Course Director

Sean Hanna
Module tutor: Computational Analysis, Computational Synthesis, Design as Knowledge-Based Process
Send Sean an email

Staff teaching on the programme currently include:

Ava Fatah
Tutor: Body as Interface, City as Interface
Send Ava an email

Ruairi Glynn
Tutor: Digital Studio, Digital Ecologies
Send Ruairi an email

Sam Griffiths
Module tutor: Design as Knowledge-Based Process
Send Sam an email

Martin Zaltz-Austwick
Module tutor: Introduction to Programming for Architecture and Design
Send Martin an email

Martha Tsigkari
Module tutor: Morphogenetic Programming

Angelos Chronis
Module tutor: Morphogenetic Programming

AAC Tutors*

Daniel Hirshmann; Iris Asaf; Kinda al Sayed; Kaiti Papapavlou; Marilena Skavara;  Michal Piasecki; Przemek Jaworski; Tasos Varoudis; Vlad Tenu

Invited Speakers*

Yasmine Abbas; Robert Aish; Timo Arnall; Assa Ashuach; Philip Ball; Mike Batty; Peter Bentley; Andreas Broeckmann; Jason Bruges; Mark Burry; Tom Carden; Cristiano Ceccato; Ben Croxford; Christian Derix; Tim Greatrix; Antony Gormley; Usman Haque; Martin Hemberg; Daniel Hirschmann; Ludger Hovestadt; John Jordan; Iestyn Jowers; Vassilis Kostakos; Stefan Kueppers; Irene Lopez de Vallejo; Armando Menicacci; Eyal Nir; Miquel Prats; Roo Reynolds; Kerstin Sailer; Holger Schnadelbach; Anthony Steed; Sean Varney; Charles Walker; Hugh Whitehead; Chris Williams; Michael Yorke

Workshop and Specialist Tutors*

Francis Aish; Massimo Banzi; Matt Biddulph; Carolina Briones; Guillem Baraut; Jeroen Coenders; Ben Doherty; Nancy Diniz; Steven Downing; Gustav Fagerstrom; Mattia Gambardella; Michael Georgiou; Ben Gimpert; Richard Grimes; Pavel Hladik; Lars Hesselgren; Roly Hudson; Martin Kaftan; Yiannis Kanakakis; Judit Kimpian; Karen Martin; Magda Mavridou; Christian Nold; Bob Sheil; Tristan Simmonds; Bengt Sjölén; Adam Somlai-Fischer; Nick Weldin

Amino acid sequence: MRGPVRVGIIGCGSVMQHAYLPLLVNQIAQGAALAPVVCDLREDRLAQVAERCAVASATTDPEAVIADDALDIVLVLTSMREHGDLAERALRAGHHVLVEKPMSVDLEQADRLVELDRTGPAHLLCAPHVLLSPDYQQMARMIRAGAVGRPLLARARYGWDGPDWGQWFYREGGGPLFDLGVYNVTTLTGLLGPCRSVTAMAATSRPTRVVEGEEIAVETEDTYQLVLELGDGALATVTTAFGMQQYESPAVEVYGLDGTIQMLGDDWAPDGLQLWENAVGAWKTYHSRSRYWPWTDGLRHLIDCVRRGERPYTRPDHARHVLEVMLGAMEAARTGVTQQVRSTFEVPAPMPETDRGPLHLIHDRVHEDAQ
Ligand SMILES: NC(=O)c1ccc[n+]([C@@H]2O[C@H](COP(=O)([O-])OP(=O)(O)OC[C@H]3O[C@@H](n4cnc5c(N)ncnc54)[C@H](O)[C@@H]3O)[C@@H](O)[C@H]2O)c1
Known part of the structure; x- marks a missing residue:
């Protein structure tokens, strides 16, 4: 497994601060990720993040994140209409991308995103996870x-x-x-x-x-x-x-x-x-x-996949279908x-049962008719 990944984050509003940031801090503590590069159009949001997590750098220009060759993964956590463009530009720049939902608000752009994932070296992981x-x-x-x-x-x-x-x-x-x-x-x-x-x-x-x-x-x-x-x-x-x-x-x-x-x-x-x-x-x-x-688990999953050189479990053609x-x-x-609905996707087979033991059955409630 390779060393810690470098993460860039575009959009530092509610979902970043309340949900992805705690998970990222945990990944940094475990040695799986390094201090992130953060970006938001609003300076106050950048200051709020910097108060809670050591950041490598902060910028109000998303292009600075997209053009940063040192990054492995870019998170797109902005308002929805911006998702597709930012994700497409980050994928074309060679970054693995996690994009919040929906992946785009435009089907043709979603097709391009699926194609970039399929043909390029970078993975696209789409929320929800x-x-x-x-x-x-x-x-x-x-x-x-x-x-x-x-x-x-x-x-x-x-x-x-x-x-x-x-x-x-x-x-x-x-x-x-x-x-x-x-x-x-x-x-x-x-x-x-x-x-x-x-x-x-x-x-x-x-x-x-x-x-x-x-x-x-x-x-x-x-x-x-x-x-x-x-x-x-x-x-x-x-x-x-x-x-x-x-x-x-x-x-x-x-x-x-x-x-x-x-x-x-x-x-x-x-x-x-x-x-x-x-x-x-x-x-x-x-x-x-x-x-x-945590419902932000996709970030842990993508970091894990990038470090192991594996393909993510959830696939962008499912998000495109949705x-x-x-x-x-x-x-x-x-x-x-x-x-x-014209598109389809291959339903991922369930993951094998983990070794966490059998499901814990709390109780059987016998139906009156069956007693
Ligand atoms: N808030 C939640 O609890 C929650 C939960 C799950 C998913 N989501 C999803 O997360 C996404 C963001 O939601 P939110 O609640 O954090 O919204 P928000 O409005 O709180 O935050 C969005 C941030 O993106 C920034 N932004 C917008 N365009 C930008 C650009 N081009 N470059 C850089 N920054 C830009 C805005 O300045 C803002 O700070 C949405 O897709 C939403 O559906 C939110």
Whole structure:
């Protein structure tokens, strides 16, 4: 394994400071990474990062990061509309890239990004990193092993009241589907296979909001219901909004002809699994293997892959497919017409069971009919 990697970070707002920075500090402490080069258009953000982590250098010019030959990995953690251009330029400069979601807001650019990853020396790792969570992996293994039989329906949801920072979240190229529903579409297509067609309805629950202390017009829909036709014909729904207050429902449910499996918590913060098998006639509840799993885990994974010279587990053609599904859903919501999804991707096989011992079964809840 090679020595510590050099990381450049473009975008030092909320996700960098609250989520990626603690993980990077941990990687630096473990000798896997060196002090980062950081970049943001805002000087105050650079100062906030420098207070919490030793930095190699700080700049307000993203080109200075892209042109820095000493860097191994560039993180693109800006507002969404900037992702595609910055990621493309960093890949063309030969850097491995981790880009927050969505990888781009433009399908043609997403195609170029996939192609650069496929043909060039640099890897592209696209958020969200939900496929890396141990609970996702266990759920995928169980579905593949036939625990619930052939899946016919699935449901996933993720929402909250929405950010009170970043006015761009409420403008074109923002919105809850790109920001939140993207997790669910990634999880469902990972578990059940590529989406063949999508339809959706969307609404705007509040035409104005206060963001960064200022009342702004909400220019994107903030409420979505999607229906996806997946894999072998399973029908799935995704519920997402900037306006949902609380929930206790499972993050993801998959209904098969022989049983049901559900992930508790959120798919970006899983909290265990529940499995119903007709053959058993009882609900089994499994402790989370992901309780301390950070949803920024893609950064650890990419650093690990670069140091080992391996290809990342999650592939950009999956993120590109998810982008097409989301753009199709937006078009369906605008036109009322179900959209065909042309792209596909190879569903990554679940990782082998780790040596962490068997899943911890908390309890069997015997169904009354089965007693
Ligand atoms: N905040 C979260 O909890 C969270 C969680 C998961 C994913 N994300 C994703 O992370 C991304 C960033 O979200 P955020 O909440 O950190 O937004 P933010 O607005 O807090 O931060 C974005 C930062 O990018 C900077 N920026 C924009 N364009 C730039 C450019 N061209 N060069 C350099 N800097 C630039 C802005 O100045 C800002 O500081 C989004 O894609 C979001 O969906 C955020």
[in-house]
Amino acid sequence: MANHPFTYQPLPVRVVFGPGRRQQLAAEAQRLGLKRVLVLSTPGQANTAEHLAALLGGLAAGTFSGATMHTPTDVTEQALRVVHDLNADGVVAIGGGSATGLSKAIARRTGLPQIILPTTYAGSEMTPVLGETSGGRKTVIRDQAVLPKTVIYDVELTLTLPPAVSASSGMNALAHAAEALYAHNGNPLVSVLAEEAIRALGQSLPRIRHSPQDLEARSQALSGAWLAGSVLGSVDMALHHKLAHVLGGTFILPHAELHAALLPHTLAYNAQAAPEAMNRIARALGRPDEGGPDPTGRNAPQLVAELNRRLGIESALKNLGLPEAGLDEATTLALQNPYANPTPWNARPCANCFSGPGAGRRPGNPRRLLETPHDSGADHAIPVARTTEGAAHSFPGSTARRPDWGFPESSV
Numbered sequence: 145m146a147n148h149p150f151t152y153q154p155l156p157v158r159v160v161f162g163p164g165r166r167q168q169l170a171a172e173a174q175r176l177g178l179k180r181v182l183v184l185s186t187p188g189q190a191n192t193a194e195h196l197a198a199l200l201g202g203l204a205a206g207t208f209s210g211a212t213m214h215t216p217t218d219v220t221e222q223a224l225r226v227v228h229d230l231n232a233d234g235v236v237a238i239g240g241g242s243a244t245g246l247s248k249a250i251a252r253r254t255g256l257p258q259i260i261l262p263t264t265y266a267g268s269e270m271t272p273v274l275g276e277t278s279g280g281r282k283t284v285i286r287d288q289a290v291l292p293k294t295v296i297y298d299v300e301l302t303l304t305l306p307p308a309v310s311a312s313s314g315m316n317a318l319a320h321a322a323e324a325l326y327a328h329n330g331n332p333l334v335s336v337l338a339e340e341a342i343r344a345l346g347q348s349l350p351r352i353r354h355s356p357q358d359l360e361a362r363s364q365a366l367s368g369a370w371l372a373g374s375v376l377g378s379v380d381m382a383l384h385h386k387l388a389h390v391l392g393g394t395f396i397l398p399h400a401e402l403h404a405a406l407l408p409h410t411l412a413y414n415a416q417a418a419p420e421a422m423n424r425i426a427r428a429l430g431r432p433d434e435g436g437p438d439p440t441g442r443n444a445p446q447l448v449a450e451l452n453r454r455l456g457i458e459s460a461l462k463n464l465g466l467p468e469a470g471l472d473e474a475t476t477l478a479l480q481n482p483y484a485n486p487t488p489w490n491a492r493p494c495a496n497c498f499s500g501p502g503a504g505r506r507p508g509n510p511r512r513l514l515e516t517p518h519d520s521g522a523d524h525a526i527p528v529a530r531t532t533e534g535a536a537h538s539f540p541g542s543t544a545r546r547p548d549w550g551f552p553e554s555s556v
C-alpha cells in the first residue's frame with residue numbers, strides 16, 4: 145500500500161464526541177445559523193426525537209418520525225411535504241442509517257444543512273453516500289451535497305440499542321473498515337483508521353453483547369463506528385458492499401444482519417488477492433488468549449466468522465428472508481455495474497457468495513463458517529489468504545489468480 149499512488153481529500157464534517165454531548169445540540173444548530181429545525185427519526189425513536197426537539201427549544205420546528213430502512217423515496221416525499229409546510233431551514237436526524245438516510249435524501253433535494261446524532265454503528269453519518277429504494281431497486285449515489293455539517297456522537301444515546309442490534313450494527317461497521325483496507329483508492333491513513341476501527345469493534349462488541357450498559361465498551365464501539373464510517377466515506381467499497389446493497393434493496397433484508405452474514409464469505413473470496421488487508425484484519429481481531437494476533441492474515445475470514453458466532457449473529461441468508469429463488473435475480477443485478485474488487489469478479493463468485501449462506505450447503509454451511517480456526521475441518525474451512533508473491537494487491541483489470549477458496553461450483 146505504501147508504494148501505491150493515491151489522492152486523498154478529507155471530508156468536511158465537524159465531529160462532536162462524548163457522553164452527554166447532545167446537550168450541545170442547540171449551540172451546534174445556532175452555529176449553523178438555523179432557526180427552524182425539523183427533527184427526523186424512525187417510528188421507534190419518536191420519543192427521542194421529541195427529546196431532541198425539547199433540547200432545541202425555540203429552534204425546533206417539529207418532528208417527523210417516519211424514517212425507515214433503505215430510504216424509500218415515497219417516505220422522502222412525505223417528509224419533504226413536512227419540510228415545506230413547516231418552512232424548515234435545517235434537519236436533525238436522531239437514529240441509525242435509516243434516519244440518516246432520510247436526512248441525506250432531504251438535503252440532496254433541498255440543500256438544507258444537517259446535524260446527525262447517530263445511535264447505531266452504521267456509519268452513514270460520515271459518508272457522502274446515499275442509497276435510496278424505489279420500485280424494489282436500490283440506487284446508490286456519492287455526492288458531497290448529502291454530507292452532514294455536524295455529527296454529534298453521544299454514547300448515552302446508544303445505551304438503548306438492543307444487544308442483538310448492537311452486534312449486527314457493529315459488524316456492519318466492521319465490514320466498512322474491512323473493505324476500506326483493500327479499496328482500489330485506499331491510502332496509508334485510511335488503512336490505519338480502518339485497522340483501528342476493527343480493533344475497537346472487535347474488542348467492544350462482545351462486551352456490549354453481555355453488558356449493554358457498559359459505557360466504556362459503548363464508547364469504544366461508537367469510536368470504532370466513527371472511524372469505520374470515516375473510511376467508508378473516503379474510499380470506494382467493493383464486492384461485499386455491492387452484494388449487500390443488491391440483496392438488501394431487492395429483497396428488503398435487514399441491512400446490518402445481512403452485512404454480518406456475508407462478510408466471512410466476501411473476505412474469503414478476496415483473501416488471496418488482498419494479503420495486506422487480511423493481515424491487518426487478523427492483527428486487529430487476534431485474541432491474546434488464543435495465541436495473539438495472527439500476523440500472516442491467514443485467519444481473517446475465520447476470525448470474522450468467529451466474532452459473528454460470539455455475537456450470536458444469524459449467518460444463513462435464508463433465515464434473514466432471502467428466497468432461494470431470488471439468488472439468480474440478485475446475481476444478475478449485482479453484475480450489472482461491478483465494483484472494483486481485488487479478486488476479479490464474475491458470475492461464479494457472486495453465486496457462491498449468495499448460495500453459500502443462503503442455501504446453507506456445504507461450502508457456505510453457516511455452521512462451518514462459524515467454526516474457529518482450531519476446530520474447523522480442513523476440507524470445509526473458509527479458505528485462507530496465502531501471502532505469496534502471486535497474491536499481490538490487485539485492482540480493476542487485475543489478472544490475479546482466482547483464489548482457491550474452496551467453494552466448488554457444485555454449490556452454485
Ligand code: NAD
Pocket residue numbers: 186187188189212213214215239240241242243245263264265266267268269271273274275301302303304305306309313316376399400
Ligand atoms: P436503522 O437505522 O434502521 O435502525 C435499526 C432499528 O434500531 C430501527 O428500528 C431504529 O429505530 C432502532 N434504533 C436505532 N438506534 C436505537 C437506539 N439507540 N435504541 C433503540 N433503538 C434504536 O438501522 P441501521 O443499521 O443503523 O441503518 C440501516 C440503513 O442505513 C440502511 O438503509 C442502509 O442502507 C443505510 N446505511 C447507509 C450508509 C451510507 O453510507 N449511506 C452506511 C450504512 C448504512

*Teaching assistants, speakers and tutors vary from year to year


As part of the application process for this course, applicants may be requested to submit a portfolio and/or write a short essay on a relevant topic while their application is under consideration by the course director. Applicants from a design background are encouraged to send a portfolio of work when applying. Online applicants may include this with their digital submission as a .pdf file attachment no larger than 2Mb in size.

Please click through to the UCL graduate prospectus page for this course, from where you can find information on application fees, eligibility, tuition fees, scholarships, and then complete the online application process.

Applicants should also review the faculty specific admissions information and the FAQ on admissions.


The MSc and MRes AAC programmes at the Bartlett School of Graduate Studies provide students with both the critical and technical skills to undertake academic research, and a number of graduates have moved into careers in academia. Further opportunities for continuing research in similar topics are available via the Bartlett's PhD programme, and the EngD Centre for Virtual Environments, Imaging and Visualisation, run jointly with Computer Science.

After completing the MSc and MRes AAC programmes, many graduates go on to join leading architectural and engineering practices, either directly with design teams or with specialist modelling groups.

In the past three years, AAC graduates have joined Foster + Partners, Zaha Hadid Architects, KPF Associates, Aedas, Arup and Mott MacDonald. Alumni have also joined (or founded) cutting-edge emerging digital design practices such as United Visual Artists or Moving Brands.


A selection of student project work, along with academic publications arising from AAC research can be found in the publications section of the AAC micro-site.

Direct links are here to student thesis reports, papers and books.